Italian jeweller Carlo Palmiero has his sights set on Asia

PUBLISHED : Thursday, 05 November, 2015, 8:33pm
UPDATED : Thursday, 05 November, 2015, 8:33pm

The founder of Palmiero Jewellery Design reminisces about his Italian hometown and his first encounter with Middle Eastern royalty

"I grew up in Valenza in the north of Italy. It is a small municipality of about 20,000 people. Valenza is famous for its jewellery and is full of workshops and ateliers producing pieces for export all over the world.

Growing up, there were not that many high jewellery manufacturers in the world like us. There were some French companies who also made luxury jewellery pieces, but they focused on big production orders. Valenza on the other hand, was a wonderful community of about 2,000 small workshops.

In those years, artisans in Valenza had high expectations and standards because they knew they could create something important. People in the community were not rushed or busy, so we had time to make fantastic creations.

Thanks to Vincenzo Morosetti, a very skilled jewellery artisan, Valenza became one of the best goldsmith schools when it established in 1845. When he opened the jewellery school, everyone all over the world used to flock there.

I studied at this school and gained first-hand experience working for a lot of the local ateliers at the age of 15. It was this nurturing environment that enabled me to develop a sophisticated and intimate knowledge of my craft.

At that time, the main jewellery aesthetic in Valenza was very simple, classic and featured one key stone. You couldn't experiment with the materials such as moulding gold or creating new shapes. After working for other companies, I eventually became frustrated and quit.

I create Palmiero Jewellery Design in 1979 so I could express the ideas I had. The company was a means to realise many of my ideas which were inspired by nature and art.

Starting the business was difficult at the start. Thirty years ago, my work was considered too avant-garde. But even to this day, some people still consider it to be too forward-thinking.

It was also difficult because a lot of my ideas require a long product-development process. Palmiero's products are also very sculptural and colourful, and it can take from several months to a year to create a design. Many pieces also feature gradient tones, and it requires us to have stones in 20 to 25 different shades to create an ombré effect.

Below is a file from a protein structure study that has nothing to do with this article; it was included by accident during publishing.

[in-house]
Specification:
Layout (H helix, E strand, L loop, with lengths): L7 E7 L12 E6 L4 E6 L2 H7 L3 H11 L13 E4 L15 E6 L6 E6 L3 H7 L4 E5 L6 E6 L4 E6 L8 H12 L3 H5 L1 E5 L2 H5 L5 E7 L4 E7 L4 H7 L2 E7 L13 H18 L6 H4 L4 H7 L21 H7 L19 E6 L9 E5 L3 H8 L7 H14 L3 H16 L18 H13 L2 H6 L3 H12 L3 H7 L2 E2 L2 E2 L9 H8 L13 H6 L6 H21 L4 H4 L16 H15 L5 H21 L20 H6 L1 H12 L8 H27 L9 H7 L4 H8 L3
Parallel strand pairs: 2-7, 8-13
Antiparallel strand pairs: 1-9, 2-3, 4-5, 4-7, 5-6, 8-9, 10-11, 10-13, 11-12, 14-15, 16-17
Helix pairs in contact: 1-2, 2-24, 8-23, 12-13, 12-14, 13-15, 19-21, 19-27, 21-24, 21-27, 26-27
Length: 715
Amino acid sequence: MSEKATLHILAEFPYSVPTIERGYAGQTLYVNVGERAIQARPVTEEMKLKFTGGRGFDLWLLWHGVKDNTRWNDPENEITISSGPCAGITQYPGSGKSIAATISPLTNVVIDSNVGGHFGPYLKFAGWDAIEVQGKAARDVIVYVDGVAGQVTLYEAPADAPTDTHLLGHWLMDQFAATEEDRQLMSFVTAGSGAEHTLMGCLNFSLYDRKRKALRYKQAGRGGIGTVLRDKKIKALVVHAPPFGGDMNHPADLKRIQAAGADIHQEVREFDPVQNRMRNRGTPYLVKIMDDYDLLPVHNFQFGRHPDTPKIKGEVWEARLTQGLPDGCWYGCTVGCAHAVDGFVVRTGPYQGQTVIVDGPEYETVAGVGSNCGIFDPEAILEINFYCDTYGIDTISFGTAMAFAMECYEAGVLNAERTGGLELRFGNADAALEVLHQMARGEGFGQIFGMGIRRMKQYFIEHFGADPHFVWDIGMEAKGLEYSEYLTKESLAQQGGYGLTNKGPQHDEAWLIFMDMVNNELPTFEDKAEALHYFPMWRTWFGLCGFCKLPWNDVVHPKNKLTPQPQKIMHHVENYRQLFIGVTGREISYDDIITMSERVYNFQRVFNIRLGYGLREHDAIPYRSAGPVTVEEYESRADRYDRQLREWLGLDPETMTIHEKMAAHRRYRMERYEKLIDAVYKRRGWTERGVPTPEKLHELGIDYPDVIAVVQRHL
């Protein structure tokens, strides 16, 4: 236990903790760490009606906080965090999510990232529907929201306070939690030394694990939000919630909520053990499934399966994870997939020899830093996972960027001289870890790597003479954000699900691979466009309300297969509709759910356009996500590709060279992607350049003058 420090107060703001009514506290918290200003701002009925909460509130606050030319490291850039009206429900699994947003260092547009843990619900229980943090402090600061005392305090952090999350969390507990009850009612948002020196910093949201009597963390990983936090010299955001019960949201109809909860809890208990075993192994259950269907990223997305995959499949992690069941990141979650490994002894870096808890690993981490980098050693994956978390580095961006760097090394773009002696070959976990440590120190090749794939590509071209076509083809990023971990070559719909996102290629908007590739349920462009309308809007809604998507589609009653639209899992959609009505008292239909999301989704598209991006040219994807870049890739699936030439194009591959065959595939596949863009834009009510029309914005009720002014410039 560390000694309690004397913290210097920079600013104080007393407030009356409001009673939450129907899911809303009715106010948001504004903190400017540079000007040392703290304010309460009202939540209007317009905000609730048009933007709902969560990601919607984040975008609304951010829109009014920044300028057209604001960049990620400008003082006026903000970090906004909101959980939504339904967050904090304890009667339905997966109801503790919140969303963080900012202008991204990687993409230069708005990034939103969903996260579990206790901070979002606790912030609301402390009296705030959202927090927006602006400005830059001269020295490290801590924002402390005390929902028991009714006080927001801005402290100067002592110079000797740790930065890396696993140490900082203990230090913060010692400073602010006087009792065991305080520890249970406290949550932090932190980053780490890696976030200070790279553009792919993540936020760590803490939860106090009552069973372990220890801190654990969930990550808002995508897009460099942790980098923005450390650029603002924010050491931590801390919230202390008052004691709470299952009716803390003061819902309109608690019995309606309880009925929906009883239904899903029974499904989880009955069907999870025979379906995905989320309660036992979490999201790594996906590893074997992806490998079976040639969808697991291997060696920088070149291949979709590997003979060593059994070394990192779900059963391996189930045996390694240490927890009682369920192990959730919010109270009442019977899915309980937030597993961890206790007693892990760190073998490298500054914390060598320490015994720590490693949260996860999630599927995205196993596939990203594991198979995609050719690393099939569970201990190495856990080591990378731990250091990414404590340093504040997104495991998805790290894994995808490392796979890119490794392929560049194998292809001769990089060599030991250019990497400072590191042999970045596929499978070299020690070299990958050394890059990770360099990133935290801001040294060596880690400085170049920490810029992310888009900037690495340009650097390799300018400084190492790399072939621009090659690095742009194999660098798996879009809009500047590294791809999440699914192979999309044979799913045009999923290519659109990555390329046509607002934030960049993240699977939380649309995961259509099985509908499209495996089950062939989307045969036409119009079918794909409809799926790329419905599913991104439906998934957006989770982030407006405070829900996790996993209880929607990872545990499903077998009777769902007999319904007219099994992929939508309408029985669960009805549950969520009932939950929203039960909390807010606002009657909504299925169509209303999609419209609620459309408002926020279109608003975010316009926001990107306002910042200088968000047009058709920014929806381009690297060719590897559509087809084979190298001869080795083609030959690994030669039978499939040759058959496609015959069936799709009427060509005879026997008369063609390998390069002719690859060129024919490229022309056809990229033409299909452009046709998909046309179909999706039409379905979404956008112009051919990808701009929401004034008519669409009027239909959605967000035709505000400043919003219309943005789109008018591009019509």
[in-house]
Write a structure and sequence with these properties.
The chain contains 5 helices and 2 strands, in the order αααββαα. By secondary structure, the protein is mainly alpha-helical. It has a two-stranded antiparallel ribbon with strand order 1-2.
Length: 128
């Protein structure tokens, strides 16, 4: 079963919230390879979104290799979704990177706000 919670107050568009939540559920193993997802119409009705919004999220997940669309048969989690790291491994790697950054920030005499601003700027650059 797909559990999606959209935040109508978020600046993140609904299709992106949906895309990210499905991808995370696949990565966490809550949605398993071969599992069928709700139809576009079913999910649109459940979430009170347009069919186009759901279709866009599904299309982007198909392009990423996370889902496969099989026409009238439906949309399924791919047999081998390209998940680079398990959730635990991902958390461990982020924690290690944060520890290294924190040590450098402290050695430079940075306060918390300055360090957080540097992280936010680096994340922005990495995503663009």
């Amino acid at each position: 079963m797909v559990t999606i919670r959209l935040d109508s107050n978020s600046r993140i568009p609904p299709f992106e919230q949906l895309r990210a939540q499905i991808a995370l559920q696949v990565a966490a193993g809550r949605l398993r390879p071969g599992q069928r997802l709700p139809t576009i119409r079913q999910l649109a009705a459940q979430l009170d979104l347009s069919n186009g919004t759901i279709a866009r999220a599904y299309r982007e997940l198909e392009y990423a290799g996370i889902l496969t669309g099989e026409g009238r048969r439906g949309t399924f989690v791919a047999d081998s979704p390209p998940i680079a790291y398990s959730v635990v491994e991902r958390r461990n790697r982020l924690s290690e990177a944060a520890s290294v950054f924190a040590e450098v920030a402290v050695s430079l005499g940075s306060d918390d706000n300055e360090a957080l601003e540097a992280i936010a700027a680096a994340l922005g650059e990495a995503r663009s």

We've been lucky to have had a number of high-profile royal clients. The first time I encountered royalty was in 1999 in the Middle East when I was attending an exhibition in Bahrain. A sheikh's mother came to our jewellery booth, as she was attracted by all the different colours we used. The exhibition staff closed our booth so this woman could browse privately. Eventually, she selected so many pieces for purchase that I nearly had a heart attack.

We have created customised pieces for Arabic princes, Russian ladies and even the Sultan of Brunei. We also offer our signature collections to customers, although we do tend to keep production numbers low to make sure they stay special.

I'm incredibly passionate about art. Maybe it has to do with my Italian blood and the fact that Italy has a very strong history in art. It was therefore quite natural that Palmiero create products that pay homage to some of the world's great artists: Picasso, Mondrian, Van Gogh, Matisse. My favourite artists are Kandinsky, who uses a lot of colours to express emotion, as well as Caravaggio.

Another passion of mine is timepieces, an area I've wanted to enter since I started the business. Our first watches arose quite casually, when customers would ask if we had any watches for sale. During those moments, I would make one-off pieces for them.

We've evolved a lot since then, and about seven or eight years ago, we officially launched our watch collection. We don't consider other high-end watch brands as competitors to us, nor do we want to compete against them. Rather, we think even of our watches more as jewellery pieces because the design is so different and unique.

Since 2004, we've worked with Masterpiece by King Fook in Hong Kong. My son Luca worked for the company previously. And because I am not as fluent in English, he has been a big help in managing a lot of the overseas accounts we have. This gives me time to stay in our headquarters and concentrate on creating the best products.

It's nice to see that Luca has taken an interest in the family business. He has seen our company in good and bad times, and he knows howuch love I have for the business. Even as a child, he would go around our headquarters to observe everyone and see how jewellery is made. With his background, studying business and economics along with a masters in luxury marketing, he can now support us and improve Palmiero's brand awareness.

Of course, as father and son we have different opinions, and I don't always agree with everything he says. But one thing we agree on and are excited about is renewing our focus on Asia - we are looking to create a few pieces that are tailored and specific to tastes in this part of the world."

As told to Daniel Kong